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Just In Time, Tax-Saving Tips


Not that anyone is looking for more things to do at this time of year, but the end of the calendar year is a pretty important date from an income tax perspective.

Retroactive tax planning isn't particularly effective, so be pro-active this year and give some thought to the following ideas:

  • In keeping with the spirit of the season, consider making charitable donations today rather than waiting until next year so that you can claim your credit on your 2010 tax return rather than waiting until 2011. When considering this idea, remember that effectively twice the credit is given for donations in excess of $200 in any given year. So if you're hovering around the $200 mark, keep in mind that you'll be saving about 44 cents for every additional loonie you donate leaving you with a net cost of 56 cents.

  • If you're in the process of selling an asset with a large capital gain ( real estate or stocks), consider delaying the sale until January 2011 or later. By so doing you'll be able to defer the resulting income tax by an entire year. It's much better for you to have the money in your pocket to play with rather than in the hands of CRA.

  • On the other hand, if you've already realized taxable capital gains this year, review your investment holdings for assets that are perpetual losers and consider dumping them before the year is out. This will enable you to use the resulting loss to reduce your impending tax bill. If you're considering jettisoning stocks, remember that December 24, 2010 is the trading deadline to have the transaction treated as a year 2010 deal.

  • Current year capital gains aren't the only reason to create capital losses this year. Because capital losses can be carried back three years to offset against capital gains, if you had a capital gain on your 2007 tax return, triggering a loss this year will enable you to carrying the amount back to offset against your 2007 gain and recover some tax. Miss the chance to carry-back a capital loss this year to apply against 2007 capital gains and the opportunity is forever lost.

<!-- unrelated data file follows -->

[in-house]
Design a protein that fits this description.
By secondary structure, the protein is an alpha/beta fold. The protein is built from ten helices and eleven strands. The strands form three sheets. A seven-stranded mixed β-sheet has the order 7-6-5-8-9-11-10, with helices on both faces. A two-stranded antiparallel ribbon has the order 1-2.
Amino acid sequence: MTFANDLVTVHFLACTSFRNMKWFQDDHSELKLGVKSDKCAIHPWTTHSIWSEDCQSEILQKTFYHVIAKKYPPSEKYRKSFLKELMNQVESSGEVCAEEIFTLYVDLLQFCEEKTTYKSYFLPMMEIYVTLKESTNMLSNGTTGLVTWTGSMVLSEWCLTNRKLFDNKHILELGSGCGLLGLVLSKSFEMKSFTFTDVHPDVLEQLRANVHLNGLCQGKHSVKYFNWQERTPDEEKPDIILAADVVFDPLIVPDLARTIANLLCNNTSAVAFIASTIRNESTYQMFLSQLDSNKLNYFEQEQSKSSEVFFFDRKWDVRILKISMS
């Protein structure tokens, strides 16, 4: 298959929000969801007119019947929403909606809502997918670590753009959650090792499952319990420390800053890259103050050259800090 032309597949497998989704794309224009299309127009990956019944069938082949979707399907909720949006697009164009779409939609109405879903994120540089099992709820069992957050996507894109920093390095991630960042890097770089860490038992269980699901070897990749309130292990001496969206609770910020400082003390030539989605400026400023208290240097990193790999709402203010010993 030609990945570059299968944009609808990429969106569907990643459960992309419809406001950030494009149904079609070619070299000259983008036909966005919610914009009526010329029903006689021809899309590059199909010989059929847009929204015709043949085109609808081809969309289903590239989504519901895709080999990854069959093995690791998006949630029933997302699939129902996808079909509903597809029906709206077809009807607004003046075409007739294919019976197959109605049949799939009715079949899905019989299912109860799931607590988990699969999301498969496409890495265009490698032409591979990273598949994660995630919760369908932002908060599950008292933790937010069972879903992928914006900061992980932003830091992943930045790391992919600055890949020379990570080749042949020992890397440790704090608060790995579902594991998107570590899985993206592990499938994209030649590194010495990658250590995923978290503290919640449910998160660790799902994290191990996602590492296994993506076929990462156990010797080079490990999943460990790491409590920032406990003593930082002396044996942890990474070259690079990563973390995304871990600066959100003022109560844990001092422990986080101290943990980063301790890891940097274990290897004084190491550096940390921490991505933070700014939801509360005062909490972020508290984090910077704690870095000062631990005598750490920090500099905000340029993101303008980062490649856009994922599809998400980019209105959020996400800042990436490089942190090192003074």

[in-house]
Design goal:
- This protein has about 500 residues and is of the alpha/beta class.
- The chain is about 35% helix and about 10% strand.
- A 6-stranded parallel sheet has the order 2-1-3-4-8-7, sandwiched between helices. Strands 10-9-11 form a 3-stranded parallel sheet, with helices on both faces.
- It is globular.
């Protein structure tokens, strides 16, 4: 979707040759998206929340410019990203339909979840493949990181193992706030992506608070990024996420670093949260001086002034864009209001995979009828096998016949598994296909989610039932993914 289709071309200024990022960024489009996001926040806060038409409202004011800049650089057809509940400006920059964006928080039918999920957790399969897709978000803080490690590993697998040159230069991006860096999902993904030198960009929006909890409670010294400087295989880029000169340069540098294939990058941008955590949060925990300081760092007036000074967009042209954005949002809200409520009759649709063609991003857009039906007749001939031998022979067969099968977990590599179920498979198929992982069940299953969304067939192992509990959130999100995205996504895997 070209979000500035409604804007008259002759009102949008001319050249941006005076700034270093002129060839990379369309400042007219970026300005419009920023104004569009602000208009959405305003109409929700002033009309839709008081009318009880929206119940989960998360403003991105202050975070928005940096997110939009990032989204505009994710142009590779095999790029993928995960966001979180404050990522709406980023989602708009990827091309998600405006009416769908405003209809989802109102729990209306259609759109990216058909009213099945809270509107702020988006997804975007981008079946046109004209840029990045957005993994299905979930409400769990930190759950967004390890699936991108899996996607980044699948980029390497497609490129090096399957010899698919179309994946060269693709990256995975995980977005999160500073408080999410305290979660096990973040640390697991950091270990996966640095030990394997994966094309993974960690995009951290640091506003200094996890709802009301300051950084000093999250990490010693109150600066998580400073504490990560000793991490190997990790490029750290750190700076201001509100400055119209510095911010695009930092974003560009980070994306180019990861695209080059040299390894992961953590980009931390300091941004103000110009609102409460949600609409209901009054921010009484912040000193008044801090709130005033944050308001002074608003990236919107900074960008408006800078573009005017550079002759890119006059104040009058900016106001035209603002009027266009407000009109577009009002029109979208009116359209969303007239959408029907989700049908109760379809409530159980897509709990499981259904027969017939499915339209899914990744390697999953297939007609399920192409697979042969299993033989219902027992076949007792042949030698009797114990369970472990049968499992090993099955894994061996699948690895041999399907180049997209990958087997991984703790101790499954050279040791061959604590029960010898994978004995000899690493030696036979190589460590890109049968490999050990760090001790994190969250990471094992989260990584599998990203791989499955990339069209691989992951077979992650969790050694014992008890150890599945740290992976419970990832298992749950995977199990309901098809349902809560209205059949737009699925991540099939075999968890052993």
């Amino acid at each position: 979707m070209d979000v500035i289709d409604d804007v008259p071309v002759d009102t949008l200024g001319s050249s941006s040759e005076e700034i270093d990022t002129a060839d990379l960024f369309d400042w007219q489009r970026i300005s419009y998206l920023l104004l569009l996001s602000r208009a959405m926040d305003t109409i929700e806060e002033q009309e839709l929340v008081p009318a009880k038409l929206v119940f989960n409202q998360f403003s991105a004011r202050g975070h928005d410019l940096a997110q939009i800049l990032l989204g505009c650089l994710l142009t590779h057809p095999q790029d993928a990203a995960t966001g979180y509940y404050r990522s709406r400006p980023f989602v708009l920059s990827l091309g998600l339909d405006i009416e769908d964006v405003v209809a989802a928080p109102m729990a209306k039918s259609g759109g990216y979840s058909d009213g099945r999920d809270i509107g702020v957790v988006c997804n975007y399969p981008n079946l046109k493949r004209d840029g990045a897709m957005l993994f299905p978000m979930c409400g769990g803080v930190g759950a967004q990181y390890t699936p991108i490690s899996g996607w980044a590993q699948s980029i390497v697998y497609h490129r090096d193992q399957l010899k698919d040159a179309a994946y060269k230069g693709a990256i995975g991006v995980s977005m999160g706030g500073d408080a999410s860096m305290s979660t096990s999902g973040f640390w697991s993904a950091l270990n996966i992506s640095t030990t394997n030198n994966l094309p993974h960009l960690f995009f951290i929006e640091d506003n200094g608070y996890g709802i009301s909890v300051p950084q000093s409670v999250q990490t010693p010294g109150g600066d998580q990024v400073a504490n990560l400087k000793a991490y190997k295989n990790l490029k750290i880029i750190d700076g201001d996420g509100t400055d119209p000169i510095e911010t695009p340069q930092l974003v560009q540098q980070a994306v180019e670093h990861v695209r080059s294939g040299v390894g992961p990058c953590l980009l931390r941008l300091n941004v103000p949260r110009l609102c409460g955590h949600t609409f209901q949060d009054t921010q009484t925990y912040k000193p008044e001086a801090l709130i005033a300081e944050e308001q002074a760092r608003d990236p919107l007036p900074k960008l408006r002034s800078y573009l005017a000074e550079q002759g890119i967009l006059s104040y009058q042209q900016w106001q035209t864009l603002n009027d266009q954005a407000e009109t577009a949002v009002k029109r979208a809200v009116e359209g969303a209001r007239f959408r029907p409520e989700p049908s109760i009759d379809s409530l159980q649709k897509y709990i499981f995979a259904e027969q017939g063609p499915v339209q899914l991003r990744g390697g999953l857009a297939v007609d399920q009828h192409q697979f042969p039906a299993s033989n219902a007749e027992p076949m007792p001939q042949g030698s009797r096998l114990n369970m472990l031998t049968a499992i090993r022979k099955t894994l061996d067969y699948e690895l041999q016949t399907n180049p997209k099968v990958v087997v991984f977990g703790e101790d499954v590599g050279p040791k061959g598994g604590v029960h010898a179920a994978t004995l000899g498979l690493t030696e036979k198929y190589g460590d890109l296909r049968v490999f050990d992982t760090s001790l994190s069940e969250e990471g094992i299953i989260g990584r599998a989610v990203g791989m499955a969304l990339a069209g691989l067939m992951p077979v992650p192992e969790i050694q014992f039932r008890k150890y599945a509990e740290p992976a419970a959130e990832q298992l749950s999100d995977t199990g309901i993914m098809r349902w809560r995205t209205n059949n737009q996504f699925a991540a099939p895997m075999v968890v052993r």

• Your province of residence on Dec. 31 determines which province has the right to assess tax so if a move to another province is in the cards, pay close attention to the timing of your move.

    Obviously you want to be resident on Dec. 31 in the province with the lowest tax rate. Don't mistakenly assume that Alberta is automatically the lowest tax jurisdiction in the country at all income levels. The low and middle income levels, B.C. wins the day in that category. Alberta wins at the top end.

  • For 2010, only qualifying medical expenses that exceed of the lesser of three per cent of net income or $1,957 are eligible for a tax credit. Claims for out-of-pocket medical expenses can be made for qualifying medical expenses paid during any 12-month period ending in the year. This means that expenses paid in 2009 may be eligible for claim on this year's tax return. If your total medical expenses put you close to making a claim remember that some expenses (daily-wear contact lenses) can be paid in advance. Other expenses such as major dental work or laser eye surgery can be paid by installments, which is fine, but it may make sense to forego the installment method and pay for everything all at once to ensure eligibility for the medical expense credit.

  • While March 1, 2011 is the RRSP contribution deadline for 2010 deductions, if you'll be making a spousal contribution, consider contributing before the end of this year. A withdrawal of funds by your spouse after Dec. 31, 2012 will be taxed at your spouse's marginal tax rate rather than yours. If you make a spousal contribution in the first 60 days of 2011, you'll have to wait an extra year if you want the income taxed to your spouse and not in your hands. As a word of caution, this contribution and withdrawal income-shift only works if you do not make any spousal RRSP contributions in the intervening period.

  • Still on the subject of RRSPs, if you turned 71 this year, make your RRSP contribution before the end of this year. Your RRSP maturity options should also be considered – lump-sum withdrawal, purchase of an annuity or a RRIF.

Jim Maroney is a chartered accountant with Meyers Norris Penny in Maple Ridge. Check back often for more updates, or subscribe to our MNP Blog RSS Feed.